Music fraternity offers a community for women musicians


President of the Loyola’s Sigma Alpha Iota Music Fraternity Angel Williams dons her letters. Photo credit: Courtesy of Johanna Jeter

Erin Haynes

March may be dedicated to recognizing women’s history, but Loyola’s Sigma Alpha Iota Music Fraternity celebrates womanhood year-round as a women-only organization that is rooted in sisterhood.

“That’s a fact of life,” said the organization’s recruitment manager, Claire Gerling. “Women feel like they really have to fight to earn their place in their profession and Sigma Alpha Iota is a place where all female musicians can definitely belong.”

Like many of her peers, Gerling joined the fraternity to take advantage of the professional notoriety, networking opportunities and tohave a support system of women.

Gerling’s colleague, Vanessa Tetzlaff, corresponding secretary and co-editor, said that it is harder for women to be respected in music than men, as the industry is often dominated by men.

“There’s a stigma behind the words ‘fraternity’ and ‘sorority,’” said Tetzlaff. “When you hear sorority, you automatically think, ‘Oh, they party a lot, they do a lot more feminine-type stuff, there’s parties, it’s a lot more fun.’ And fraternity, for me, sounds like it’s a lot more academic and mature,” said Tetzlaff.

Unlike other organizations on campus, members say the organization stands out because it provides a professional experience instead of a social one. It also allows members to meet other women who have a passion for music.

“Sometimes in freshman year you don’t feel like you belong anywhere else, but once you get to know the girls in SAI, you’re like, ‘This is a place where I can be myself. I’m welcomed and appreciated for my uniqueness,;” said SAI member, Karissa Mooney.

Mooney joined the fraternity the spring semester of her freshman year through the recommendation of upperclassmen, according to Mooney.

But, SAI President Angel Williams, said that the organization remains unknown to the majority of the university because it is limited to the College of Music and Fine Arts.

Despite being a music fraternity, Williams said the organization is open to women in any major and background.

The requirements to join include maintaining a 2.5 or higher GPA, earning credit toward one music class offered on campus and attending an event during recruitment week.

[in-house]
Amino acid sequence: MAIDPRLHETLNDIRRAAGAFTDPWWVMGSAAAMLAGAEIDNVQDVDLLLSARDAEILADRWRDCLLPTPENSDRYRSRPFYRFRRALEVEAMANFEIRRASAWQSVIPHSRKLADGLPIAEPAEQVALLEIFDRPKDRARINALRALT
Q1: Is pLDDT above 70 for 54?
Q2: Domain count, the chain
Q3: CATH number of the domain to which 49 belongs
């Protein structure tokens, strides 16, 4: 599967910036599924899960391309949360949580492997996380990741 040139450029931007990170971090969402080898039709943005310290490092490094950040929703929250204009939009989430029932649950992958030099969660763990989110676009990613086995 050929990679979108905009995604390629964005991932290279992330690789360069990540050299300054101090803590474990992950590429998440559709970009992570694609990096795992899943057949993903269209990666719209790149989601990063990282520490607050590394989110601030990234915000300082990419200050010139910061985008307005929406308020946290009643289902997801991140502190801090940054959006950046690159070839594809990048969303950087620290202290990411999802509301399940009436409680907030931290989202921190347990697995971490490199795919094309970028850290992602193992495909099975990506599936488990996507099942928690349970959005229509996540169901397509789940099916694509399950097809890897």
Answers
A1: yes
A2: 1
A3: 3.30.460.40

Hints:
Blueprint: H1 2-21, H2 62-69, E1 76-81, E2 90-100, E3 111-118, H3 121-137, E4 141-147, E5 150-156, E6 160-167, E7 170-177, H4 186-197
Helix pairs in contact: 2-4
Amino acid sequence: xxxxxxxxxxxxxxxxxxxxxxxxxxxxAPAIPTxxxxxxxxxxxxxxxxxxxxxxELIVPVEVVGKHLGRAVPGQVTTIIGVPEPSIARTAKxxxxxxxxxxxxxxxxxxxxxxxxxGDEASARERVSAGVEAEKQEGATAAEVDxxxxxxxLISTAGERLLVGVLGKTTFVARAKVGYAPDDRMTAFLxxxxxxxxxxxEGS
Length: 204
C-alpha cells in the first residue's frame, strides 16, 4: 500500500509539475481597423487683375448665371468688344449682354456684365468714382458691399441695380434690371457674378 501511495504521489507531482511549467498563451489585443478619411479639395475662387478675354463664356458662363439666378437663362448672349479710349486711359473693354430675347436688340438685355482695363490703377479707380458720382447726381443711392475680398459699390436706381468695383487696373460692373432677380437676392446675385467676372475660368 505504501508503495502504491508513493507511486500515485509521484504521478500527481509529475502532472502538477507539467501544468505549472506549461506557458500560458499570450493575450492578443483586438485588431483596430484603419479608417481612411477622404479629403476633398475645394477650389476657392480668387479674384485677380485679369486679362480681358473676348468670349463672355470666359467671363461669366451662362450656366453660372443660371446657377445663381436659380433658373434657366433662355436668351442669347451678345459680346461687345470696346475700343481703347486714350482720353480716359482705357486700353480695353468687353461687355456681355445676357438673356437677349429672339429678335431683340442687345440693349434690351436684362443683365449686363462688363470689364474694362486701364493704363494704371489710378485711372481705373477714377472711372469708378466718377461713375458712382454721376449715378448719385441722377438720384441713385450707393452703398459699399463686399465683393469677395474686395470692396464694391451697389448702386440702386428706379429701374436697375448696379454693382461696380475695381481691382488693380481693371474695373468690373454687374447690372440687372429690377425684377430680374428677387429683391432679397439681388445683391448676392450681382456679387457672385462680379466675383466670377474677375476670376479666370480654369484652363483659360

New members can expect opportunities to win scholarships and do fundraising events to donatemoney to different philanthropies supported by SAI, according to Williams.

SAI held its annual recruitment week in February, and Williams said that the fraternity needed to be better advertised, in order to attract new members.

Williams said this was necessary because if SAI did not advertise, students, including other Greek life leaders could have thought the organization was brand new or secretive.

“When I became president, I just wanted to slash, like, all of that was gone. We needed to put our recruitment flyers on the TVs in the Danna Center, so we can get it out to more people. There’s so many people that love music, but they aren’t a music major. But if you have a love for music and a passion for music, you can be a part of SAI,” said Williams.

Once a member meets the requirements, SAI leaders ask the recruits if they want to join. They embark on a four-week training journey to learnabout the fraternity, complete a test, and then they are initiated.

Williams said one of the most rewarding experiences as a member is helping one another. One of her favorite moments was helping a member raise funds to attend graduate school, according to Williams.

“She sent out a message to ask all of the SAI people, we did a fundraiser, and 25% of the money we raised would go to her to help her out,” said Williams.

All of the participants The Maroon spoke to agreed that sisterhood is the core of the fraternity, and the members support each other on a professional and personal level.

Some of their favorite experiences include helping one another during auditions and cheering for each other on for the annual recital.

“At the end of the recital, whoever’s recital it is, they stand in the middle, and we sing the choral around them. This is their highest achievement. They’ve finished school. We did this together,” said Williams.

Gerling said being a music student is an intense experience, and “knowing we’re there for each other, while we’re going through very similar things in the music school,” is a relieving feeling.

Members even call each other in the middle of the night for support, and they send daily affirmations to remind each other of their worth.

“Honestly, I am really glad that I joined because I have not met many people, like the people that I know within my chapter. They are my family,” said Williams.